The legislatures of Washington, Oregon and Idaho will convene in the coming weeks to pick up where they left off last year.
Political leaders in each state have a different set of priorities, ranging from Washington Gov. Jay Inslee’s plans to expand his state’s environmental efforts to a proposal in the Oregon Legislature to require farmers to pay their employees overtime wages.
In Idaho, a major focus will be on water — increasing the holding capacity of a key dam and expanding aquifer recharge efforts in the eastern part of the state.
These and other issues will impact the three states’ farmers for years to come. Capital Press takes a look at the proposals and what they mean to agriculture.
OREGON: Overtime for farmworkers, timber compromise on agenda
SALEM — Farm groups and labor advocates are expected to be preoccupied with agricultural overtime wages during Oregon’s month-long legislative session that begins on Feb. 1.
The prospect of eliminating the agriculture industry’s exemption from higher overtime wages got a lot of attention from lawmakers last year, but attempts to negotiate a compromise have been complicated by litigation over the issue.
A lawsuit alleges the exemption lacks an underpinning in state law and isn’t constitutional because farmworkers are excluded from “privileges” enjoyed by other employees.
It’s been an unsettling experience for farm representatives, who were negotiating in “good faith” with labor advocates who were “looking at us in the eye” while planning the legal attack, said Mary Anne Cooper, vice president of public policy for the Oregon Farm Bureau.
The overtime issue has been presented as a “racial equity agenda item,” but in reality, ending the exemption wouldn’t put more money into farmworkers’ pockets, she said. “It’s just not going to be the result because our members can’t afford to pay more wages.”
Proponents of ending the overtime exemption seem to believe farmers can just raise their prices, when they’d actually be forced to limit employee hours to contain labor costs, said Jeff Stone, executive director of the Oregon Association of Nurseries.
“Clearly, we need to use different words because they don’t understand the price-taking side of ag,” he said.
Another major natural resource proposal before Oregon lawmakers will be the compromise deal between environmental groups and the timber industry, under which logging buffers near streams would be expanded.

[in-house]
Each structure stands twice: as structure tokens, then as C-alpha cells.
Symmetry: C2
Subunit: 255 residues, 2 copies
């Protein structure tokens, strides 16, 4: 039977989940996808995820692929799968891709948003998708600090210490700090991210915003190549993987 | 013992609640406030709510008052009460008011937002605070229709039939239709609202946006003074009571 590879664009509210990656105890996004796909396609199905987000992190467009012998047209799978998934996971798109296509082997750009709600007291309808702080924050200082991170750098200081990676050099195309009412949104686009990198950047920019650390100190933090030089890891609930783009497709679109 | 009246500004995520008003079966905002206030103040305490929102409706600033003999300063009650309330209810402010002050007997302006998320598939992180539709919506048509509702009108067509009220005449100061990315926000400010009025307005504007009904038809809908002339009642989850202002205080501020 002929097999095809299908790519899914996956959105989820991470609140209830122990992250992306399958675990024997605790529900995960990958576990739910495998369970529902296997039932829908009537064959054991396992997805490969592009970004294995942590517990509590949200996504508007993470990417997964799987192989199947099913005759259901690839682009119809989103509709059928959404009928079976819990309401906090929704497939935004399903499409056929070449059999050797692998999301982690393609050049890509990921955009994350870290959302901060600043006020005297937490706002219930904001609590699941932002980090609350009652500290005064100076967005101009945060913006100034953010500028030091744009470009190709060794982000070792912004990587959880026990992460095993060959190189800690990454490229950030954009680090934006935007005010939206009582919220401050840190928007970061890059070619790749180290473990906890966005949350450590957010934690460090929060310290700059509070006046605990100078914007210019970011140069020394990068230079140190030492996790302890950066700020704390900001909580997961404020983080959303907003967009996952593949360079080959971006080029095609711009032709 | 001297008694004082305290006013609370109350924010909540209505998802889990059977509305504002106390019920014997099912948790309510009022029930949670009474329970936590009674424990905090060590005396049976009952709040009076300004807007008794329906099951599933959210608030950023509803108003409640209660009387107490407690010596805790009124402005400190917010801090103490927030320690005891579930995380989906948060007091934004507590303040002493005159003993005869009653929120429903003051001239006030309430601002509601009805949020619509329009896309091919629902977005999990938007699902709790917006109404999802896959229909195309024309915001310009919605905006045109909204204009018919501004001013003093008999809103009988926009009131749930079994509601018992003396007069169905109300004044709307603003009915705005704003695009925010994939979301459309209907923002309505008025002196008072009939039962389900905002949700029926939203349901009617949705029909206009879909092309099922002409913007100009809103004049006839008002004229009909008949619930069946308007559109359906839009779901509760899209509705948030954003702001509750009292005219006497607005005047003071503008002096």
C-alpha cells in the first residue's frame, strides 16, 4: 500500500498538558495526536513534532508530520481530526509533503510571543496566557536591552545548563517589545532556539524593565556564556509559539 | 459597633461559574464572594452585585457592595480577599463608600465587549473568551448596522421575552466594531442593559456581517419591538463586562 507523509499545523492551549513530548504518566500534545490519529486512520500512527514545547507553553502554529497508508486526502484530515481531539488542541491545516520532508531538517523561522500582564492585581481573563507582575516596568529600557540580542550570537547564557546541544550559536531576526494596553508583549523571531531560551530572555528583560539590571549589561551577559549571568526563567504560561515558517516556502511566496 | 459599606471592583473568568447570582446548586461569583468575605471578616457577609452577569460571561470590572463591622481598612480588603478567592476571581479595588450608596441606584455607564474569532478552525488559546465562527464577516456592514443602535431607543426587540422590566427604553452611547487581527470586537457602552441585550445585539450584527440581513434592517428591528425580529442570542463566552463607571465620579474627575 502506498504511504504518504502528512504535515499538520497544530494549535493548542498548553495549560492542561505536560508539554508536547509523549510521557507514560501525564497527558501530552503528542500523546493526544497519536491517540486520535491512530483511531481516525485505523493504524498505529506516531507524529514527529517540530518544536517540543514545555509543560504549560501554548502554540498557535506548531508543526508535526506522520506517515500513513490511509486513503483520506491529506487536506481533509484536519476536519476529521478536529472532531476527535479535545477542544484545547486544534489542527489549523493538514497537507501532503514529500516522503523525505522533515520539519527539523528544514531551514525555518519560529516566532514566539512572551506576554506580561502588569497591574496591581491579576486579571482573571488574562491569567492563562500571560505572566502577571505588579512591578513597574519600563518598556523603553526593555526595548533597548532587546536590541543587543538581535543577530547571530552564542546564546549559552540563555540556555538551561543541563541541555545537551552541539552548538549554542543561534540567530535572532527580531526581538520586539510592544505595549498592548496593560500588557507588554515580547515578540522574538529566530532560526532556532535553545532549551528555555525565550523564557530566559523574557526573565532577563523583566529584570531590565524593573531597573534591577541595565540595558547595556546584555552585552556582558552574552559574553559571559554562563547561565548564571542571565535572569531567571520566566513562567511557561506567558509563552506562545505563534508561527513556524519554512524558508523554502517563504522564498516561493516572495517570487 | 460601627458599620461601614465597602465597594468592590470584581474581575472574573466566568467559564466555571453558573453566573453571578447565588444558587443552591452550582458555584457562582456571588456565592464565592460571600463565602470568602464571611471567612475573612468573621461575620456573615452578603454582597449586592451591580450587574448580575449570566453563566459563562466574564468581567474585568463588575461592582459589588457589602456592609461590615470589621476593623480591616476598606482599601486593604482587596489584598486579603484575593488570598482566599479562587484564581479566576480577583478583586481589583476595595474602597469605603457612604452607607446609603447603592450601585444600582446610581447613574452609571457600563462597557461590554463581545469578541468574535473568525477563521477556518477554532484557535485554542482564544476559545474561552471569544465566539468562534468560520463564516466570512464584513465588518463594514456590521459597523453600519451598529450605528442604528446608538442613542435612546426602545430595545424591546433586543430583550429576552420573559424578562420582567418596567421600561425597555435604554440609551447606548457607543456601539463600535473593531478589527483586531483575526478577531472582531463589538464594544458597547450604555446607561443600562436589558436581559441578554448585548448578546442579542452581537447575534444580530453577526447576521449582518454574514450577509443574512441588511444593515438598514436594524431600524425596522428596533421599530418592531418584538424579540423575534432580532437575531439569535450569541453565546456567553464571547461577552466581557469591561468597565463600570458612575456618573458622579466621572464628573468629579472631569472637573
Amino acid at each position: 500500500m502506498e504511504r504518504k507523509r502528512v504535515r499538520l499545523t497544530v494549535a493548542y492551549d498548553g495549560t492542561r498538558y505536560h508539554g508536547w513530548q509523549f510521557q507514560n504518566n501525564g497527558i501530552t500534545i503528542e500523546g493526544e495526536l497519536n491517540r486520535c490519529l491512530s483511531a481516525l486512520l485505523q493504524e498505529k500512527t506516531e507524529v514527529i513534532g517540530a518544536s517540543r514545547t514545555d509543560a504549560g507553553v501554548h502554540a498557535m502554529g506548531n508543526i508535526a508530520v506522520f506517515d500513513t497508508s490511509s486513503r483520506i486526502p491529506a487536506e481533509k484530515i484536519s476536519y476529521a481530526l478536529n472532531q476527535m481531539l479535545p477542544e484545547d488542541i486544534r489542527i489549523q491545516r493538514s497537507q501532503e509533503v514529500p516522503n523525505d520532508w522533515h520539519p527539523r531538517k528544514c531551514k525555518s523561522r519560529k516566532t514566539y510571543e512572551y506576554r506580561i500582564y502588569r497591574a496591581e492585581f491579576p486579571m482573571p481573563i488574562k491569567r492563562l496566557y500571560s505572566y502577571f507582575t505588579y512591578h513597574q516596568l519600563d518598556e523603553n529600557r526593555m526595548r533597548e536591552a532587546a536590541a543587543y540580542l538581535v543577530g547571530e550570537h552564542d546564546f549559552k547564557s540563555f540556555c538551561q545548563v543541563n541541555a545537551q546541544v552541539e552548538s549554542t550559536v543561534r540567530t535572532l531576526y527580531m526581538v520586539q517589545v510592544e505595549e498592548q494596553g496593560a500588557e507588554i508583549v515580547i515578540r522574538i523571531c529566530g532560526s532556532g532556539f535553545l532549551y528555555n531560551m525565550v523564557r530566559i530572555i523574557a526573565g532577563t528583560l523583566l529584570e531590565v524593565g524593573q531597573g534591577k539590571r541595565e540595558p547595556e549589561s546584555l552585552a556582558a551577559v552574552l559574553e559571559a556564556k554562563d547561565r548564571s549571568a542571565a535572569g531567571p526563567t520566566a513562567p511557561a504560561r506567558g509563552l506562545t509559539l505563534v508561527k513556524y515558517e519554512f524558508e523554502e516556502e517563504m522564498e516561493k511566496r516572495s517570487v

The agreement would also restrict logging below steep slopes to prevent sediment from reaching streams and implement other changes in the forest practices law.
The “private timber accord” was negotiated with help from Gov. Kate Brown’s office. It is anticipated to receive a “rubber stamp” from lawmakers in 2022.
“This is a legislative priority and has all the ingredients to pass,” said Cooper, adding that the Oregon Farm Bureau is still studying the proposal. “I have a hard time seeing a situation where it doesn’t go forward.”
Certain aspects of the accord, such as increased regulations for beaver removal in forests, have made the Farm Bureau nervous about the implications for agriculture.
“It could be a reason to adapt that policy to other lands,” said Lauren Smith, the group’s director of government affairs.
The Farm Bureau also plans to advocate for the resumption of a program under which private landowners pay an assessment to raise money for predator control by USDA’s Wildlife Services. The program was allowed to sunset during the previous legislative session after animal advocates opposed extending it.
“There doesn’t seem to be an avenue for our communities to manage predators,” Smith said.
There’s likely to be action on climate legislation, if Democratic lawmakers try to enshrine an emissions reduction plan from the state’s Department of Environmental Quality in law, Stone said.
“I expect there will be a bill to codify whatever the Climate Protection Plan rules say,” he said. “I’d be surprised if the majority did not try to push something through legislatively.”
Farm groups will probably lay the groundwork for future legislative proposals by initiating discussions about real estate tax reform and water storage, he said.
County tax assessors sometimes differ in what they consider taxable real property, such as stationary equipment for greenhouses and seed cleaning, Stone said. The goal would be to make those rules uniform.